As the years have passed—even as a rising tide of anti-Semitism has engulfed Europe and much of the world—Dahl’s hatred has not been entirely forgotten. The British Royal Mint canceled plans to issue a commemorative coin in his honor in 2016 and cited his anti-Semitism as a reason. But it didn’t stop Jewish film icon Steven Spielberg from adapting “BFG” into a children’s film that same year. Nor did it prevent Netflix from paying a reported $1 billion to Dahl’s heirs in 2018 for the right to create an animated series based on his works—an indication that for most people, his anti-Semitism remains barely a footnote.

What then prompted the Dahl family’s decision to suddenly apologize for the author’s statements?

Perhaps they thought that in the current atmosphere, in which posthumous retribution for racism on the part of long-dead figures has become endemic, would also mean that sooner or later, Dahl would be canceled for his disgraceful attitudes.

If so, it’s clear that they haven’t been paying attention to the way cancel culture actually works. It doesn’t take much for the woke mobs to demand the erasure of someone accused, rightly or wrongly, of racism. But there’s little sign that the arts world is the least bit interested in policing anti-Semitism either in the past or the present. Indeed, Dahl’s anti-Zionist and anti-Semitic views are commonplace in the British arts today and far from unusual in academic circles elsewhere.

Nevertheless, now that this issue is finally being given a full airing, does that obligate Jews or others who care about the persistence of anti-Semitism to shun Dahl’s writing or adaptations of his works? Surely, that will be the reaction of some. They will argue that not only does he deserve oblivion, but that his descendants who issued the recent apology—one that failed to directly acknowledge how he demonstrated that anti-Zionism is indistinguishable from anti-Semitism—ought not to be allowed to get away with a preemptive attempt to defend their literary gold mine.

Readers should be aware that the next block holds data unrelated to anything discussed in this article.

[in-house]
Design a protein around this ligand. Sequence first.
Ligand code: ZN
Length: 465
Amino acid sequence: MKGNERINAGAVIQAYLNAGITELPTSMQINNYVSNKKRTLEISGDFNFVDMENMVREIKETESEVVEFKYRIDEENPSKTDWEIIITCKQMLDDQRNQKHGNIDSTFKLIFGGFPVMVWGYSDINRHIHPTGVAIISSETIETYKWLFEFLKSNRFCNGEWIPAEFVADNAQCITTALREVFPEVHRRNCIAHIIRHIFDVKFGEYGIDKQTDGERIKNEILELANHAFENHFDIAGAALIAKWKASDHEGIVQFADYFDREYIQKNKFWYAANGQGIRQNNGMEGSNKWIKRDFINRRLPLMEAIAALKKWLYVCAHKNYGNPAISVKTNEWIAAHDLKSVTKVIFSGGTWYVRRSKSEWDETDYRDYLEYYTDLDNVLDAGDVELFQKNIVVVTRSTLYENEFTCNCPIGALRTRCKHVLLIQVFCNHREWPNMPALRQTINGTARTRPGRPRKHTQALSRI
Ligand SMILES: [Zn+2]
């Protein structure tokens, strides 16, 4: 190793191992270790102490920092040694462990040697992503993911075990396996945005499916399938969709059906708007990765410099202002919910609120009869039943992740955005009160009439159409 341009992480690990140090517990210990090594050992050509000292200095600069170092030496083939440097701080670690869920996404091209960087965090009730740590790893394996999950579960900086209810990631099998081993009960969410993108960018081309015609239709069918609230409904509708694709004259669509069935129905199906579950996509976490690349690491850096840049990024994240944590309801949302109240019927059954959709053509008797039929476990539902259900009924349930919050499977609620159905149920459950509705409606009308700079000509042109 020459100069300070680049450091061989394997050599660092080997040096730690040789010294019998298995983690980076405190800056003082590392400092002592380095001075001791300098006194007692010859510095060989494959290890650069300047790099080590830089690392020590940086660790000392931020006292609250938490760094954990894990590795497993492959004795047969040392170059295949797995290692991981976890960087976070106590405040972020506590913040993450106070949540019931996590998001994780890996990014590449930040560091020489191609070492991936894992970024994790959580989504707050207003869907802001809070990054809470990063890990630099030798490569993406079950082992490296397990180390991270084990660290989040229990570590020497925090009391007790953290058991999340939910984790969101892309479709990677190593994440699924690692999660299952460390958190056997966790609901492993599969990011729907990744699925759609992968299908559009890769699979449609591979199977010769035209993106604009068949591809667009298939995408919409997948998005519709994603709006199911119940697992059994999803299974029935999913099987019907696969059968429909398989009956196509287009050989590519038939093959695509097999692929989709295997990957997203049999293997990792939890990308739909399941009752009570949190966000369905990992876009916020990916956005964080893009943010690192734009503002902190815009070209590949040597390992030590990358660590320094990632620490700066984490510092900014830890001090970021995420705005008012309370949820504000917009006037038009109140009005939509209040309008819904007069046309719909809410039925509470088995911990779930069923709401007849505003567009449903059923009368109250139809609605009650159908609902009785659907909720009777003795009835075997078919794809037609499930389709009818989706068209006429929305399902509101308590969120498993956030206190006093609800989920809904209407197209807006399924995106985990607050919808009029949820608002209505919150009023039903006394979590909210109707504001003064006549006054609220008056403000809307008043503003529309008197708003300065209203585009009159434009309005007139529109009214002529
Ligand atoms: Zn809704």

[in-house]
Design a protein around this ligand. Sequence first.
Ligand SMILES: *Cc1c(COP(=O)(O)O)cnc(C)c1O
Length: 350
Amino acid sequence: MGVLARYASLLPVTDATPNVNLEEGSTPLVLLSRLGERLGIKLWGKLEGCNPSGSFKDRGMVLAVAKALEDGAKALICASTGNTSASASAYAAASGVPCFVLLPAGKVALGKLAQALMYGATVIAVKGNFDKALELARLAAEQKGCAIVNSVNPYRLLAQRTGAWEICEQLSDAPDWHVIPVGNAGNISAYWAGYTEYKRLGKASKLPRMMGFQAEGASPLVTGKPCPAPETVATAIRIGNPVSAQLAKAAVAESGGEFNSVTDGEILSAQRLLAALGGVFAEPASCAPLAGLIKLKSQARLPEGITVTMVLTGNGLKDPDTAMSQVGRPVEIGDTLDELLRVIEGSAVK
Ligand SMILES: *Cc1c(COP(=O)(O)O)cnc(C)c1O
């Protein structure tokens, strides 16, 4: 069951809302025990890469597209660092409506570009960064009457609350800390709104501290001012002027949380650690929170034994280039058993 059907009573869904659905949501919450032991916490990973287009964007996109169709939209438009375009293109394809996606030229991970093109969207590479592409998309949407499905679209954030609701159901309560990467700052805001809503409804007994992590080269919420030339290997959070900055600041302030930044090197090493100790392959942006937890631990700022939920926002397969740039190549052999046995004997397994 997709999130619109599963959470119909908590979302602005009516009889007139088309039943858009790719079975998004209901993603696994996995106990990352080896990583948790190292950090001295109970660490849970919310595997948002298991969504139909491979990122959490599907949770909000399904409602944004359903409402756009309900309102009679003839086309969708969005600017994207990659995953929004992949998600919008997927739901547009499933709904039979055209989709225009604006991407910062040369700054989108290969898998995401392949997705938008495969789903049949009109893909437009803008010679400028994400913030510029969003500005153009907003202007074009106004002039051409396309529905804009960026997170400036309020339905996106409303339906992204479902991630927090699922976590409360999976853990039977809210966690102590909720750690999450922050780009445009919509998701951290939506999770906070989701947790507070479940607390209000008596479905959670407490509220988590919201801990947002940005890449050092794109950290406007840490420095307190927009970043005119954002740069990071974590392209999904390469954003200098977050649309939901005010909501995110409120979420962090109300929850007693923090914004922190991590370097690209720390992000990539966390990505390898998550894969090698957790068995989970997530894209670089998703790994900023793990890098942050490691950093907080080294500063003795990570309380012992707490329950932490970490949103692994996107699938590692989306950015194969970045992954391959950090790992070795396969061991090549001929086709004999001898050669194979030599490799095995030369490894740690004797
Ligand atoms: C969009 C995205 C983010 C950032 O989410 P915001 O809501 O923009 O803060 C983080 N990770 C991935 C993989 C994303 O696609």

As with so much of cancel culture, whatever benefit might be derived from tearing down Dahl does not balance out the hurt that comes from any effort to erase history or to treat art as solely a function of the artist’s biography. One can, as much of the world continues to do, admire and enjoy Wagner’s music while still correctly labeling him as an epic Jew-hater whose descendants helped tie his legacy to that of the Nazis who came to power more than 50 years after his death. And as with Wagner’s operas, which are life-affirming rather than anti-Semitic, children of all ages can still enjoy Dahl’s delightful and often wonderfully subversive stories without being infected by prejudice.

No one should ever forget Dahl’s anti-Jewish sentiments; they should be held up as an example of the seductive nature of efforts to single out Jews and Israel for hate, as well as the way belief in Jewish conspiracies fuels hate. But canceling art, even from deeply flawed people, does no good and causes much harm. In the end, as with other great artists with despicable views, Roald Dahl’s work will outlive the harm he tried to do, and we will all be far better off living in a world where the work created by those who fell short of our ideals will not be banned or burned.

Jonathan S. Tobin is editor in chief of JNS—Jewish News Syndicate. Follow him on Twitter at: @jonathans_tobin.